Hidden in shoulder-high overgrown grass and weeds, what turned out to be a 2ft 5in (75cm) high Doulton Lambeth salt glazed stoneware brown bear proved to be one of the most memorable finds from Pratt’s visit.
The contents of this particular Kentish residence was a veritable treasure trove and provided The Canterbury Auction Galleries with more than 100 lots for its August three-day sale.
“I was about to leave when it occurred to me that it might be worth checking the garden to see if anything there might be suitable for sale,” he said.
“The grass hadn’t been cut for years and some of the weeds were up to my shoulders, but I spotted a shape in the undergrowth and thought it was worth trying to get closer. I was amazed when it turned out to be a pottery statue of a brown bear, almost 3ft tall… It was an unexpected but highly amusing discovery.”
This discovery was welcomed by Doulton Lambeth collectors.
Against an estimate of £2000-3000 in the August 7 sale, the 2ft 5in (75cm) high salt-glazed stoneware brown bear took £8000 (plus 20% buyer’s premium). The winning buyer, a private collector living in South Yorkshire, told Pratt he had seen it advertised in the ATG and bought it “just because he liked it”.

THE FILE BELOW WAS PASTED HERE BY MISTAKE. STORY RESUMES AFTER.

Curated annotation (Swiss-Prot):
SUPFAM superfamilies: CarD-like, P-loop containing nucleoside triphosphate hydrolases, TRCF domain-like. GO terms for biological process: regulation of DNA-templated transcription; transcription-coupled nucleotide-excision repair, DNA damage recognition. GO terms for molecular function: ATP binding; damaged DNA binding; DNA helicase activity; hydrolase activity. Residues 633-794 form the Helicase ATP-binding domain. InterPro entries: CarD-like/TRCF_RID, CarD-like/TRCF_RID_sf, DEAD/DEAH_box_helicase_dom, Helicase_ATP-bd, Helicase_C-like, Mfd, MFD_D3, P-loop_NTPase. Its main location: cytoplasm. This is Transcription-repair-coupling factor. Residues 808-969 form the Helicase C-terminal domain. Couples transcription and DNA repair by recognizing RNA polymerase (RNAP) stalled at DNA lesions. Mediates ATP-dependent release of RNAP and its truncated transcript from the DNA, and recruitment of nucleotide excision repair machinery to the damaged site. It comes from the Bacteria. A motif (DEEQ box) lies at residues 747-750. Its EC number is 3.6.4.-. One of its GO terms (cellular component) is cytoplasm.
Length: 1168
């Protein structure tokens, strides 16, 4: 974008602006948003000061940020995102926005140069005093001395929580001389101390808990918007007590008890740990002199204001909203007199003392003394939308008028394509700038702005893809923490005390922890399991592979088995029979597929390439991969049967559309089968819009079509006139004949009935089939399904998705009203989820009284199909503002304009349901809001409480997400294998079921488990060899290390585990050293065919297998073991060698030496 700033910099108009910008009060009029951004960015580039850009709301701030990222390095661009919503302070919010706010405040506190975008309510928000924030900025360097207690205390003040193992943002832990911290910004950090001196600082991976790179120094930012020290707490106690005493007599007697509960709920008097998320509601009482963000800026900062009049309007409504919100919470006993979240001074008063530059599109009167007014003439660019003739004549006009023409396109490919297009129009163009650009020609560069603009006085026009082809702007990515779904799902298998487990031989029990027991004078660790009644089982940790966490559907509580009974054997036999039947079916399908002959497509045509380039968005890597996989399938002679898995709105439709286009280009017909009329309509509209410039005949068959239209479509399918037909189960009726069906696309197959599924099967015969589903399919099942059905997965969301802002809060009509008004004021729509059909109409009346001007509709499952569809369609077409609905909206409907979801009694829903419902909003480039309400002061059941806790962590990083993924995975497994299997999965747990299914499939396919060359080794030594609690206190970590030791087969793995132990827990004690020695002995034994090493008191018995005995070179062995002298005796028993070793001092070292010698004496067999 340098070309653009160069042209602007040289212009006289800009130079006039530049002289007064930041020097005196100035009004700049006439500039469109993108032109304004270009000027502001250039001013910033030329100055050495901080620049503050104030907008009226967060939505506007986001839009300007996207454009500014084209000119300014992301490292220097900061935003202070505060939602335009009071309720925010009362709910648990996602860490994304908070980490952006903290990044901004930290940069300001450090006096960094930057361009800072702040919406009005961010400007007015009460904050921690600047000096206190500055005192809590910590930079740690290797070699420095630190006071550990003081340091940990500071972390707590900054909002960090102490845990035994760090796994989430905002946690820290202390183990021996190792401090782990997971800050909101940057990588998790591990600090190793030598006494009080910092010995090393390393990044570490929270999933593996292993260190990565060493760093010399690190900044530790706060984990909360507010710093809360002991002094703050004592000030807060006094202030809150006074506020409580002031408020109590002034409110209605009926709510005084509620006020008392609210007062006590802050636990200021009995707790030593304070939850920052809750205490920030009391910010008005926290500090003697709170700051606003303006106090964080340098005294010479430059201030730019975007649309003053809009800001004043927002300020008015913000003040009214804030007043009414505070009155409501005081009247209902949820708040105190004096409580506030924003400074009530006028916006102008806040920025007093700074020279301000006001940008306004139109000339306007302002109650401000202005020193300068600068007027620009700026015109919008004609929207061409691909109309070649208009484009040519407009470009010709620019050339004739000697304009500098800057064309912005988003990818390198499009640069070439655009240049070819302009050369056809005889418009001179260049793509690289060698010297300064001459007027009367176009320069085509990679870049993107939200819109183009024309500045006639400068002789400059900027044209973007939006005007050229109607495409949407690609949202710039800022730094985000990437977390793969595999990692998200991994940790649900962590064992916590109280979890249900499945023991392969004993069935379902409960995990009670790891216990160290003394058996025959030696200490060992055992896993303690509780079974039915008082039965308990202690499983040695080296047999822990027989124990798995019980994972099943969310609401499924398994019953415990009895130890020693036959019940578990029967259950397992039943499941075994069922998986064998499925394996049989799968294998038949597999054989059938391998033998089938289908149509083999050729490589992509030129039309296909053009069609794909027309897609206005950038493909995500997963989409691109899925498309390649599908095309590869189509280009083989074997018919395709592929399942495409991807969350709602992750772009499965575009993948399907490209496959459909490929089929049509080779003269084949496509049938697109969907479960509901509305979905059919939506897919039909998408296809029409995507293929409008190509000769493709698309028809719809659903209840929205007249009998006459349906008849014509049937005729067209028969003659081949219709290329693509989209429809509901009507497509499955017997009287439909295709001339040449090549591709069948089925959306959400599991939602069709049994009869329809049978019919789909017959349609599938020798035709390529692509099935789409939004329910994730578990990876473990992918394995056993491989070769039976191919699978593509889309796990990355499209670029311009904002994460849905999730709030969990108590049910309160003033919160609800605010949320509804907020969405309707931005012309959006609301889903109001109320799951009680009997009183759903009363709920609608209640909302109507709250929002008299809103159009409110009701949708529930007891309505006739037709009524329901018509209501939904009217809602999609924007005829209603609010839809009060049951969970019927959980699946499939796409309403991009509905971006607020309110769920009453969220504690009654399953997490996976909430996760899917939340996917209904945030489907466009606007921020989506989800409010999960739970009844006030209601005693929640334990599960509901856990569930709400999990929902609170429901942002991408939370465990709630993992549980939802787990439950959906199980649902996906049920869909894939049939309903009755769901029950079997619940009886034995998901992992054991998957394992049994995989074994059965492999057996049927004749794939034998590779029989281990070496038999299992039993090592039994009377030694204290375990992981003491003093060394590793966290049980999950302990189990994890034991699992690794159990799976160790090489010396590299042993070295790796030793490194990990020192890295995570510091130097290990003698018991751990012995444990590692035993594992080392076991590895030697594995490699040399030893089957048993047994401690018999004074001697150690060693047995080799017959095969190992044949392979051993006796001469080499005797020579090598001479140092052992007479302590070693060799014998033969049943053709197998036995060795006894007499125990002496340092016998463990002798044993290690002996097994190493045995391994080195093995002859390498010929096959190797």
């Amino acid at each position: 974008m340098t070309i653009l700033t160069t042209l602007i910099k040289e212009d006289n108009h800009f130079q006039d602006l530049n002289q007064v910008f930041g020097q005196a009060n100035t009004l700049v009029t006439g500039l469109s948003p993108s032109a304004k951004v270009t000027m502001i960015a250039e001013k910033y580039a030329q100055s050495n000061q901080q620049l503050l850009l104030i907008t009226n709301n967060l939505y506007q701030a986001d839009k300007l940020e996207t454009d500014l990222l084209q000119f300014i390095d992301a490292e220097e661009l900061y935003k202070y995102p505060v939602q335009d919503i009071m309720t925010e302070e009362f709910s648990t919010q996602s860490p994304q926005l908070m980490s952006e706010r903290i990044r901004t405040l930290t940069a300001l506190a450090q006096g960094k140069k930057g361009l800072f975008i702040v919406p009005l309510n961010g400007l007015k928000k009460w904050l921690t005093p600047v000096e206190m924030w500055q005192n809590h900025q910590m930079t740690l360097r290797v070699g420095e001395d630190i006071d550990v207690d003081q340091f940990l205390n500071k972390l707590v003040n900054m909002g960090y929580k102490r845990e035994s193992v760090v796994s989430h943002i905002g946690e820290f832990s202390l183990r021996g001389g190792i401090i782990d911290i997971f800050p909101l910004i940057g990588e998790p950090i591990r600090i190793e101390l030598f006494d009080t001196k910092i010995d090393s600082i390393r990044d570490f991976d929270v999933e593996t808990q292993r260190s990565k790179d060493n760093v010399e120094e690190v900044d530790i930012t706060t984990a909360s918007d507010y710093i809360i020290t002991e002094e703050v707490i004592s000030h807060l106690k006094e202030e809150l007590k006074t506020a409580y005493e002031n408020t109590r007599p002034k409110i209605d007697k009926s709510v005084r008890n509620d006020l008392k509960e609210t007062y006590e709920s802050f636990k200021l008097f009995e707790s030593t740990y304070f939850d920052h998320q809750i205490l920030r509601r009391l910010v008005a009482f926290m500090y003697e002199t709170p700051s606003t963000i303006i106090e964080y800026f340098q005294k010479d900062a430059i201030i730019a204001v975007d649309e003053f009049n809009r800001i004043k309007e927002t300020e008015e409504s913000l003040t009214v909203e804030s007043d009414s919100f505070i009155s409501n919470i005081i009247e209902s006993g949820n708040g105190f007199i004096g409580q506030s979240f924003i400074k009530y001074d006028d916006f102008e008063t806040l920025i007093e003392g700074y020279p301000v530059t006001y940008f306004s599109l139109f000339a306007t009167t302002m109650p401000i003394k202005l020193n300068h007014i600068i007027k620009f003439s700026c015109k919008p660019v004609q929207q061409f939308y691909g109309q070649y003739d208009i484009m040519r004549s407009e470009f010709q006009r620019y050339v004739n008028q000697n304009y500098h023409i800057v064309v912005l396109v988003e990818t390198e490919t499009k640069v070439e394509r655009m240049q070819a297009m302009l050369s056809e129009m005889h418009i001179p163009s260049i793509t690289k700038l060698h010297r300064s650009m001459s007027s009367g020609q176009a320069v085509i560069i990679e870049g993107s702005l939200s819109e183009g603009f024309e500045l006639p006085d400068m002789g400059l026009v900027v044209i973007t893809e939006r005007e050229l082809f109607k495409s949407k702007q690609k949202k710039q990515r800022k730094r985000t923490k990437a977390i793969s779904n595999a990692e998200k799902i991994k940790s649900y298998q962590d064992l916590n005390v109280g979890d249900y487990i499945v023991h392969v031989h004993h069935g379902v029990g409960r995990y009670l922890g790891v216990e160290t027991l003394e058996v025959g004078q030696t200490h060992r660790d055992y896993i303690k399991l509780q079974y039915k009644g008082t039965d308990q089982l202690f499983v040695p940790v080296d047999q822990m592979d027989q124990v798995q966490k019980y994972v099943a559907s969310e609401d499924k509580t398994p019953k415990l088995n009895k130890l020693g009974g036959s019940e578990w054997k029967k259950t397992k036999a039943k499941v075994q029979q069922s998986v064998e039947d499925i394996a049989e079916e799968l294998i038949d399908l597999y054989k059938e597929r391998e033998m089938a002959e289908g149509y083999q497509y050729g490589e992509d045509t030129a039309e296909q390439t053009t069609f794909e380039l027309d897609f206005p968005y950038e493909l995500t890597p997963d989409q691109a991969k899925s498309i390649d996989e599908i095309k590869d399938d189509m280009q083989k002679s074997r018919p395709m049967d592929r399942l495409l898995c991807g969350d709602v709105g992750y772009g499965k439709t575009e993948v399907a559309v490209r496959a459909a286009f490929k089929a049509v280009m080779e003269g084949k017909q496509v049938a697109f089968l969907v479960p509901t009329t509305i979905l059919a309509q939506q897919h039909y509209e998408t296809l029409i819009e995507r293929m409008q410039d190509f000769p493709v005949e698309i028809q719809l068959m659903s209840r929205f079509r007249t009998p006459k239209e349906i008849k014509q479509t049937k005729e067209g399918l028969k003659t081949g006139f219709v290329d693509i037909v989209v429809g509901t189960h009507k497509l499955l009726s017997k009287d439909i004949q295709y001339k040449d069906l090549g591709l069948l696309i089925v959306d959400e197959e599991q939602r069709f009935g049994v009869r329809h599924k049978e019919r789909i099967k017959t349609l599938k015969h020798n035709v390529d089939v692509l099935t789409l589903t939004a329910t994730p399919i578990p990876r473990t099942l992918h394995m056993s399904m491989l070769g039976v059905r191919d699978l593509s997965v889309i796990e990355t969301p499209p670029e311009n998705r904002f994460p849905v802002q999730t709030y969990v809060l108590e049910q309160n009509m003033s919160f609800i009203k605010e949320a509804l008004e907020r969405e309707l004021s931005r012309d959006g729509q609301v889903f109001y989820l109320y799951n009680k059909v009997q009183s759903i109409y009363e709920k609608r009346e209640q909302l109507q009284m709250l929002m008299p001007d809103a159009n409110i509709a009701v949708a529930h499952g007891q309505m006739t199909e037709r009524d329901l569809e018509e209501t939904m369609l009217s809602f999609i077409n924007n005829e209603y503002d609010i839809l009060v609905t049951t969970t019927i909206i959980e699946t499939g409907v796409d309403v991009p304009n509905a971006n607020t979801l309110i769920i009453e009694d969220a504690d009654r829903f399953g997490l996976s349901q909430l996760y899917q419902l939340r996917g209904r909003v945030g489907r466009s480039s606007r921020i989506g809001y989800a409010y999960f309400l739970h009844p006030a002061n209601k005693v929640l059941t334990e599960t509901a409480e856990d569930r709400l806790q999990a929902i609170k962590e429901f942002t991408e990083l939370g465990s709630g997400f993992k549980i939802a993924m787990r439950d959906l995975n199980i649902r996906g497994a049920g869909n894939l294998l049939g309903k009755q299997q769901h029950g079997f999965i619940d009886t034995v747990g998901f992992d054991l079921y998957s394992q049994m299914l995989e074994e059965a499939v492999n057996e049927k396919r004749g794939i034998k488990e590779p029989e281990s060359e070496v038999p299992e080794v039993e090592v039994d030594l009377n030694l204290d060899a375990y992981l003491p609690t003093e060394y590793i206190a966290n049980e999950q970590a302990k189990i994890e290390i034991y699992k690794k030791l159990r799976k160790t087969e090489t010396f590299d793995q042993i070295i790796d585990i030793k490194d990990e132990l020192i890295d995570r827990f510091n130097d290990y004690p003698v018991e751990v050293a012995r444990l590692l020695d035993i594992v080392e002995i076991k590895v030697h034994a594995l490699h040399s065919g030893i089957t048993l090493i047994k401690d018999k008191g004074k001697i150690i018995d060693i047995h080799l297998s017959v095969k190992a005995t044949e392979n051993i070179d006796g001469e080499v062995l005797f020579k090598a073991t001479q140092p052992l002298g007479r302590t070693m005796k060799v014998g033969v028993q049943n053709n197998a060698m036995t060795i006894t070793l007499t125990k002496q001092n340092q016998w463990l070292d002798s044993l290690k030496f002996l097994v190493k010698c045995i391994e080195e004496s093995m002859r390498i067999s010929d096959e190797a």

The bear is likely to be the work of Royal Doulton artist Mark V Marshall who worked at the firm c.1878- 1912. Marshall, like fellow Doulton artist George Tinworth, trained at the Lambeth School of Art and previously worked at the Martin Brothers pottery. A similar, but very much smaller at 3¾in (9.5cm) high, c.1900 stoneware bear with a honey pot sold at Bonhams in March 2009 for a premium-inclusive £540.
Pratt said: “We were aware of the possibility that it was by Marshall and there were discussions with several potential buyers during the three days of viewing. However, the only mark on the piece was the usual Doulton Lambeth impressed trademark and as a result, we would not have been comfortable in attributing the piece to him in the cataloguing.”
Prices for Doulton Lambeth have weakened over the past decade or so but for unusual items such as this sizeable bear, collectors are willing to compete – despite a chip to its ear.